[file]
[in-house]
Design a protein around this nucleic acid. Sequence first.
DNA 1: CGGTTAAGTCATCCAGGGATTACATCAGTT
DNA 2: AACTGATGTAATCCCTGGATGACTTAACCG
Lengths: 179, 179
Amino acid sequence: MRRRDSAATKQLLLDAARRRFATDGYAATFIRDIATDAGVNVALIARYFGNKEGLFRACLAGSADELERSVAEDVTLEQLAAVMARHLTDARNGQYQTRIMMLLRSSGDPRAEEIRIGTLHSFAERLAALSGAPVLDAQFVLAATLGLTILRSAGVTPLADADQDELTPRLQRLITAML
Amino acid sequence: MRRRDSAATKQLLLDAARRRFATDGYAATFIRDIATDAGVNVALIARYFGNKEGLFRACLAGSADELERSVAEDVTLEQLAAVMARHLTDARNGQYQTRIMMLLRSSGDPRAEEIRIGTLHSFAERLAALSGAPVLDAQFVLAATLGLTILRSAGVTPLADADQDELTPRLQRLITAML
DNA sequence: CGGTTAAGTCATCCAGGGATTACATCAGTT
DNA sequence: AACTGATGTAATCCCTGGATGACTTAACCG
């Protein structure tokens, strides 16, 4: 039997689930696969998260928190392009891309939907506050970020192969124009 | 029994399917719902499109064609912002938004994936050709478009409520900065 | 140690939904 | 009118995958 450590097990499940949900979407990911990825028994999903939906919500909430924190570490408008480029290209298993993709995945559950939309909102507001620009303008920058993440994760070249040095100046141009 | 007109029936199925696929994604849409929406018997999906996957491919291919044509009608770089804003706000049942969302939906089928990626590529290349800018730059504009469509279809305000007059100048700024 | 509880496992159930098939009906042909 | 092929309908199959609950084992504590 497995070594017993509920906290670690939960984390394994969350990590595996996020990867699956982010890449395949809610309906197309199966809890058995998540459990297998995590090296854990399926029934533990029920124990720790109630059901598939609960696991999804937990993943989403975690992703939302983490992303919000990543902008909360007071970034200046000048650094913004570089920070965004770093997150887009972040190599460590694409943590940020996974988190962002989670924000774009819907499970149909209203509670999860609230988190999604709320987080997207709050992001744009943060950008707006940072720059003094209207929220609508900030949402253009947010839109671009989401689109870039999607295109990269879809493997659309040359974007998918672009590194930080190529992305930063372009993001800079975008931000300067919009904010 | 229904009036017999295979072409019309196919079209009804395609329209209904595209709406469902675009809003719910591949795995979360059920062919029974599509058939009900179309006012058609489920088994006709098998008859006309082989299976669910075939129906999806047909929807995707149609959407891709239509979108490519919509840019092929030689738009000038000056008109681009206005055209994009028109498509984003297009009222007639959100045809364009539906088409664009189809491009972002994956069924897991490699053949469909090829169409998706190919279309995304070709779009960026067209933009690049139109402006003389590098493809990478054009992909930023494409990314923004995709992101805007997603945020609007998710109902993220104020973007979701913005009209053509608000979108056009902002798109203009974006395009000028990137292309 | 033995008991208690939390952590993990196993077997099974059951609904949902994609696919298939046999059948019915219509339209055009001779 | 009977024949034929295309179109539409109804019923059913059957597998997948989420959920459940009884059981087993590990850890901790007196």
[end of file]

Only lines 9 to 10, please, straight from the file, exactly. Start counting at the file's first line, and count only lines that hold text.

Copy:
DNA sequence: AACTGATGTAATCCCTGGATGACTTAACCG
């Protein structure tokens, strides 16, 4: 039997689930696969998260928190392009891309939907506050970020192969124009 | 029994399917719902499109064609912002938004994936050709478009409520900065 | 140690939904 | 009118995958 450590097990499940949900979407990911990825028994999903939906919500909430924190570490408008480029290209298993993709995945559950939309909102507001620009303008920058993440994760070249040095100046141009 | 007109029936199925696929994604849409929406018997999906996957491919291919044509009608770089804003706000049942969302939906089928990626590529290349800018730059504009469509279809305000007059100048700024 | 509880496992159930098939009906042909 | 092929309908199959609950084992504590 497995070594017993509920906290670690939960984390394994969350990590595996996020990867699956982010890449395949809610309906197309199966809890058995998540459990297998995590090296854990399926029934533990029920124990720790109630059901598939609960696991999804937990993943989403975690992703939302983490992303919000990543902008909360007071970034200046000048650094913004570089920070965004770093997150887009972040190599460590694409943590940020996974988190962002989670924000774009819907499970149909209203509670999860609230988190999604709320987080997207709050992001744009943060950008707006940072720059003094209207929220609508900030949402253009947010839109671009989401689109870039999607295109990269879809493997659309040359974007998918672009590194930080190529992305930063372009993001800079975008931000300067919009904010 | 229904009036017999295979072409019309196919079209009804395609329209209904595209709406469902675009809003719910591949795995979360059920062919029974599509058939009900179309006012058609489920088994006709098998008859006309082989299976669910075939129906999806047909929807995707149609959407891709239509979108490519919509840019092929030689738009000038000056008109681009206005055209994009028109498509984003297009009222007639959100045809364009539906088409664009189809491009972002994956069924897991490699053949469909090829169409998706190919279309995304070709779009960026067209933009690049139109402006003389590098493809990478054009992909930023494409990314923004995709992101805007997603945020609007998710109902993220104020973007979701913005009209053509608000979108056009902002798109203009974006395009000028990137292309 | 033995008991208690939390952590993990196993077997099974059951609904949902994609696919298939046999059948019915219509339209055009001779 | 009977024949034929295309179109539409109804019923059913059957597998997948989420959920459940009884059981087993590990850890901790007196």